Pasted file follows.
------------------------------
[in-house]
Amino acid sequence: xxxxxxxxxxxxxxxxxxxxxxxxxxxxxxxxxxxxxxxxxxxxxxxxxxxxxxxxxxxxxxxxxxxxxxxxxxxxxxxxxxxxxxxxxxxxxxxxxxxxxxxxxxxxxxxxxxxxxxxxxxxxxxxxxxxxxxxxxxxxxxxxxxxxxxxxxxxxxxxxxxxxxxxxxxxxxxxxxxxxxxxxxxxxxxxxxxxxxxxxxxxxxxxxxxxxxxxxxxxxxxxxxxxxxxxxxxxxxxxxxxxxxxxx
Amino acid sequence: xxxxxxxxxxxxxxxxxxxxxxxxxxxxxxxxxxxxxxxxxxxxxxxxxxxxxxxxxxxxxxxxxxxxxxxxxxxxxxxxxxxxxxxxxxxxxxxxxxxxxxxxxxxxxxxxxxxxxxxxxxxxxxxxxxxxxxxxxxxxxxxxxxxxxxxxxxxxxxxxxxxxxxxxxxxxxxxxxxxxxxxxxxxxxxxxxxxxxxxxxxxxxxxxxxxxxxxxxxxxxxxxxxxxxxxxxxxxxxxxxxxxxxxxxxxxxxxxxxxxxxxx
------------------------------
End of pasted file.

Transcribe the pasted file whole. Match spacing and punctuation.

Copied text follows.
[in-house]
Amino acid sequence: xxxxxxxxxxxxxxxxxxxxxxxxxxxxxxxxxxxxxxxxxxxxxxxxxxxxxxxxxxxxxxxxxxxxxxxxxxxxxxxxxxxxxxxxxxxxxxxxxxxxxxxxxxxxxxxxxxxxxxxxxxxxxxxxxxxxxxxxxxxxxxxxxxxxxxxxxxxxxxxxxxxxxxxxxxxxxxxxxxxxxxxxxxxxxxxxxxxxxxxxxxxxxxxxxxxxxxxxxxxxxxxxxxxxxxxxxxxxxxxxxxxxxxxx
Amino acid sequence: xxxxxxxxxxxxxxxxxxxxxxxxxxxxxxxxxxxxxxxxxxxxxxxxxxxxxxxxxxxxxxxxxxxxxxxxxxxxxxxxxxxxxxxxxxxxxxxxxxxxxxxxxxxxxxxxxxxxxxxxxxxxxxxxxxxxxxxxxxxxxxxxxxxxxxxxxxxxxxxxxxxxxxxxxxxxxxxxxxxxxxxxxxxxxxxxxxxxxxxxxxxxxxxxxxxxxxxxxxxxxxxxxxxxxxxxxxxxxxxxxxxxxxxxxxxxxxxxxxxxxxxx